Dubai: Being a senior Malayalam journalist in the UAE, P.P. Sasindran, Middle East bureau chief of Mathrubhumi media group, frequently gets invited as a guest to various events by Dubai’s large Malayalee community.
The one he attended on Saturday, an iftar get-together, was unique. Every male attendee other than him, including the second guest, was named Faisal.
Yes, you guessed it right. It was an exclusive iftar held for people named Faisal and their families. And all of them hail from the South Indian state of Kerala.
They are members of a social media group named, well obviously, after them.
What started off as a Facebook group of a handful of Faisals in Kerala in December 2018 is now a large network of 1,500 members in both Facebook and WhatsApp, said Faisal Tahani, who initiated the group in the UAE.
The aim of the group is to unite in the name of the name Faisal and be there for each other through thick and thin.
“There were around 150 members who joined us from the UAE before our first gathering on Saturday,” Tahani told Gulf News.
“Almost 70 of them attended the iftar get-together with their families.”
Except a few who already knew each other personally, it was the first time that all the Faisals had met, said Tahani, who drove all the way from Al Qua’a in Al Ain, more than 250 kilometres away from Dubai, to attend the function.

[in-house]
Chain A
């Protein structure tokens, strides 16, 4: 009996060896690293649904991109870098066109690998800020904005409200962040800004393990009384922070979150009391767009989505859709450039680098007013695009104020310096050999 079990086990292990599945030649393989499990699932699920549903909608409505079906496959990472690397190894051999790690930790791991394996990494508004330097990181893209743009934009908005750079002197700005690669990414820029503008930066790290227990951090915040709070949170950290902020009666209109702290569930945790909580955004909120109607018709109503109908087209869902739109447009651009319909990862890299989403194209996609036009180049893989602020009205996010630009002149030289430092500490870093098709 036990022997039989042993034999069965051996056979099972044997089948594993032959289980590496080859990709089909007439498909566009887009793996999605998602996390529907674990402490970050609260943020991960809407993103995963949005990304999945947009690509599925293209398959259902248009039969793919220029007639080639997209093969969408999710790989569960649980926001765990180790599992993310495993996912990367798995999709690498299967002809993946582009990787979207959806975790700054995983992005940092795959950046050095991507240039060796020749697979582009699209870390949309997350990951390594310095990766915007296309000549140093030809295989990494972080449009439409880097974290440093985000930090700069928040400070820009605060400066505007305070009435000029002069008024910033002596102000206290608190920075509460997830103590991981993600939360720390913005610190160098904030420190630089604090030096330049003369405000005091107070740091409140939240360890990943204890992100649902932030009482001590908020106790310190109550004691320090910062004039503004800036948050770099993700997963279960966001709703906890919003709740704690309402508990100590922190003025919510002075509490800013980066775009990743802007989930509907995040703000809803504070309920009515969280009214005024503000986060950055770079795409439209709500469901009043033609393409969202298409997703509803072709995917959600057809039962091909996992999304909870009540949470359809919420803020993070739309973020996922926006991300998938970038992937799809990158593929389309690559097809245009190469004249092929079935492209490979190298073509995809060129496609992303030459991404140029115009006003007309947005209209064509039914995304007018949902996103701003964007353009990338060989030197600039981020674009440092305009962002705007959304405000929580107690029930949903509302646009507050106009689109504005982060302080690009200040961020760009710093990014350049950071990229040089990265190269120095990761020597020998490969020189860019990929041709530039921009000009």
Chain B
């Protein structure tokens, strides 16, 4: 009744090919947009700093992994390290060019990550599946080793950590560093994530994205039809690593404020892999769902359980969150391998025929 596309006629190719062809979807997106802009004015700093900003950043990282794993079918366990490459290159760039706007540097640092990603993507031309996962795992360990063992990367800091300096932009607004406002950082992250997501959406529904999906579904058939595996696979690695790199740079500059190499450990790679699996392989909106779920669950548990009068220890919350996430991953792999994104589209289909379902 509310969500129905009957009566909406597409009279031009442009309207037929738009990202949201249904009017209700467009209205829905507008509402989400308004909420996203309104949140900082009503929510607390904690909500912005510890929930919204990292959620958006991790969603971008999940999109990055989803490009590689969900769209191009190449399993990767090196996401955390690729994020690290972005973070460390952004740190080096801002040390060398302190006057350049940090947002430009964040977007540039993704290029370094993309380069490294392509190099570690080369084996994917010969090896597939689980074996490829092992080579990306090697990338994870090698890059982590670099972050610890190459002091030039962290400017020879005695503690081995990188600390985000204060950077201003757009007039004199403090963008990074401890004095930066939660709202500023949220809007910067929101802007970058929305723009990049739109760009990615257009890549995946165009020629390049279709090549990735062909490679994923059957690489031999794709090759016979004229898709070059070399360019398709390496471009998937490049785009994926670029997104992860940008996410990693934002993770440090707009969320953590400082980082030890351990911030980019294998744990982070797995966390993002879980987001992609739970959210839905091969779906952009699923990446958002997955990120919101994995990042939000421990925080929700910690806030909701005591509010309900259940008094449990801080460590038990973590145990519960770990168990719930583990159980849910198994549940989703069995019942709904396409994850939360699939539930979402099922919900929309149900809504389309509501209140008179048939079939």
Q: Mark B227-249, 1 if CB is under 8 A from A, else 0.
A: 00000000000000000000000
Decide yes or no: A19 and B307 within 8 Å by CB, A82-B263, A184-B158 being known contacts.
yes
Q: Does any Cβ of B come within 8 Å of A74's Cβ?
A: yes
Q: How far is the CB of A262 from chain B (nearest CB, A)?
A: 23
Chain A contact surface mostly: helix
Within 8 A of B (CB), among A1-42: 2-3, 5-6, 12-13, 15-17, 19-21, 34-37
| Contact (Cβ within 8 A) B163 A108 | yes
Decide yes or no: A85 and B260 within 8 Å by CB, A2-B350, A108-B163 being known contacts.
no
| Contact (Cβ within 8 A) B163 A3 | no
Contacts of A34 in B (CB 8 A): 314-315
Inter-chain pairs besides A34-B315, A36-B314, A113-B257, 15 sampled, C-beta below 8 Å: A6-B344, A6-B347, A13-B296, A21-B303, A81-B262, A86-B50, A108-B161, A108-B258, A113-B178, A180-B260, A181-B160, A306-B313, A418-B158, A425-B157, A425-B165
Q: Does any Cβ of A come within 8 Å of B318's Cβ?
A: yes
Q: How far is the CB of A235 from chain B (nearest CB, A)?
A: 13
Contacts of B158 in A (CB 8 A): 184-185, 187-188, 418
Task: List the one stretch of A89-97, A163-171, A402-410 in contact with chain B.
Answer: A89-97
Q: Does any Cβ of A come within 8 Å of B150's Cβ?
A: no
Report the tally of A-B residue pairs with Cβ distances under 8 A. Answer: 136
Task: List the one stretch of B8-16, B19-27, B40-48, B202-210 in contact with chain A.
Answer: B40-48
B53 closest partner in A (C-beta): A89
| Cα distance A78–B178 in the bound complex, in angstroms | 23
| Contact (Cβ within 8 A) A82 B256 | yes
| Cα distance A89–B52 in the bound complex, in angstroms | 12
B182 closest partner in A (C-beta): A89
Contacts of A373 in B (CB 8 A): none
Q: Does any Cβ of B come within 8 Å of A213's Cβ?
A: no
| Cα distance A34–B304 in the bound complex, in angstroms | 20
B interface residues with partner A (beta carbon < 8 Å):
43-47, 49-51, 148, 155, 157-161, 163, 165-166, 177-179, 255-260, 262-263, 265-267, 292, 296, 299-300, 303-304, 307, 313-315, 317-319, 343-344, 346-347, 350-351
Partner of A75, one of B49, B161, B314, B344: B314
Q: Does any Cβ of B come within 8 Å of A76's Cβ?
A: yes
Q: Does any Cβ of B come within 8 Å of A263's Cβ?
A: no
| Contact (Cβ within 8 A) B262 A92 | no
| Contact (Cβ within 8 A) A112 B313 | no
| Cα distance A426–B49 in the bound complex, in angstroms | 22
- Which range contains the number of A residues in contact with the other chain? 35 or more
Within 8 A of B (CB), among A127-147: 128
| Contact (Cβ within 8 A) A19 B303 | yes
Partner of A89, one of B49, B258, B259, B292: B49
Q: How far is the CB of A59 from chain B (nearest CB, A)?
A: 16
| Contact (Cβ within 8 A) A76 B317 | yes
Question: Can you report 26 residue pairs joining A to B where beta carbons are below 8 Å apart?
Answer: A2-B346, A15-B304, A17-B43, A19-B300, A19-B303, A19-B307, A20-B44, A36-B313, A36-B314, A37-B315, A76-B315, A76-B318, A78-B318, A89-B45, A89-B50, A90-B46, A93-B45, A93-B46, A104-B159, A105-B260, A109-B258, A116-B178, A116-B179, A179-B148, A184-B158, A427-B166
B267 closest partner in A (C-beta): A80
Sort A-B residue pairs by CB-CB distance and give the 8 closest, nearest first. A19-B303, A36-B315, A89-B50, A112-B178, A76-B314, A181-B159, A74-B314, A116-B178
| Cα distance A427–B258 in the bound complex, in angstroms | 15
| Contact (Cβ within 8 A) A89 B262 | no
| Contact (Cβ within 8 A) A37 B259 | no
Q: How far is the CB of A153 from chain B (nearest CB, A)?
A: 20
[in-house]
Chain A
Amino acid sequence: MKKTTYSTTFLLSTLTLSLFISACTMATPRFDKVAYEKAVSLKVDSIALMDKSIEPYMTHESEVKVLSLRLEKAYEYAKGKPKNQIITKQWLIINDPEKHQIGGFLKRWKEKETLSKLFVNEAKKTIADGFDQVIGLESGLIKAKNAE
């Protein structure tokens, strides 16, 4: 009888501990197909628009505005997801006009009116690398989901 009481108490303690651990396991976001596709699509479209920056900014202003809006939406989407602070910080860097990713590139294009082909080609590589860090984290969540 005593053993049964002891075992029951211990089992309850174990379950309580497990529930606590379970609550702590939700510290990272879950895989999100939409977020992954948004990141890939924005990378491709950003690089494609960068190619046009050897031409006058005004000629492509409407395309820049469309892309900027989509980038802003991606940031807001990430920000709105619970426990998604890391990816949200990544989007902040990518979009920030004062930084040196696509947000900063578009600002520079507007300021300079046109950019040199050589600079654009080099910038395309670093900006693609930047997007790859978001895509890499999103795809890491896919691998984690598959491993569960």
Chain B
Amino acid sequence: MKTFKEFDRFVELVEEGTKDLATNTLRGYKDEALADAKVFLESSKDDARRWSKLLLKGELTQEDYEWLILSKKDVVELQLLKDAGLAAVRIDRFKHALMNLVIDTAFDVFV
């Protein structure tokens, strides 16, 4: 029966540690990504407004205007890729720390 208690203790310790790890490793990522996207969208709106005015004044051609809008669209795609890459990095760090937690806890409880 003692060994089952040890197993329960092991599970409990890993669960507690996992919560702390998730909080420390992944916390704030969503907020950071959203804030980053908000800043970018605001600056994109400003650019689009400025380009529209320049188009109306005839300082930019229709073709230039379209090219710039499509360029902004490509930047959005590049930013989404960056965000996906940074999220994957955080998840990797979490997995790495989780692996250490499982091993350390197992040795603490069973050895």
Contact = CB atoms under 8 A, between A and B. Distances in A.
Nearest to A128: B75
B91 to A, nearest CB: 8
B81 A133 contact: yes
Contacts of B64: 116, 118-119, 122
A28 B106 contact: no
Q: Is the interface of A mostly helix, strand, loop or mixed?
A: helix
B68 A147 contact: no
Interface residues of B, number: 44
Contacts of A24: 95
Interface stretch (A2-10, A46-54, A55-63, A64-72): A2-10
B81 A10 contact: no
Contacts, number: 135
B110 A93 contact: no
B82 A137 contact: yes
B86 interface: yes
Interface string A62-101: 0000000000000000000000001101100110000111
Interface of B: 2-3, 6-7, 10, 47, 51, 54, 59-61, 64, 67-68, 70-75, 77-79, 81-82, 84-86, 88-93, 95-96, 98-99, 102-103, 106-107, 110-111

They also ensured that one of the special guests — Faisal A.K, corporate executive director, Malabar Gold and Diamonds — had the same name.
When you call Faisal
With so many Faisals assembled in a party hall of a restaurant, as Sasindran pointed out, it is indeed difficult when someone calls the name Faisal as everybody looks up.
So, the Faisals decided to address each other only with their second names or initials, the same system that they follow in their social media groups.
Though some of them spell their first name differently, the meaning of the Muslim name in Arabic remains the same — that of an arbitrator, judge or separator between good and evil.
Tahani said the name gained more popularity among Malayalees, millions of whom live in the GCC, because of the former Saudi King Faisal Bin Abdul Aziz Al Saud.
“It was a special gathering. The group has united in the name of a name. I hope they will always stand united for each other and do good things,” said Sasindran.
The Faisals have pledged to help each other when anybody has issues with their jobs.
“Most of us are businessmen. We can help with jobs. We are also planning a loyalty card programme to help members get discounts from businesses owned by us and our supporters,” said Tahani.
After the news of the gathering spread among the community members, the group is getting flooded with registration requests from many more Faisals, he added.
Faisal Kannoth, who is in the hospitality business, said all the Faisals would be encouraged to attend a mass gathering being planned on July 14 in Kottakkal in Kerala.
“We are expecting more than 1,500 Faisals to attend the mega event, the convener for which is former Dubai resident and senior television journalist with Asianet News Faisal Bin Ahmad.”
He said the group is expecting a Christian Malayalee named Faisal, who lives in Switzerland, to also attend the event. “We were happy to know that his father chose to give him a Muslim name as a mark of religious harmony. We will be delighted to have him at our mega event.”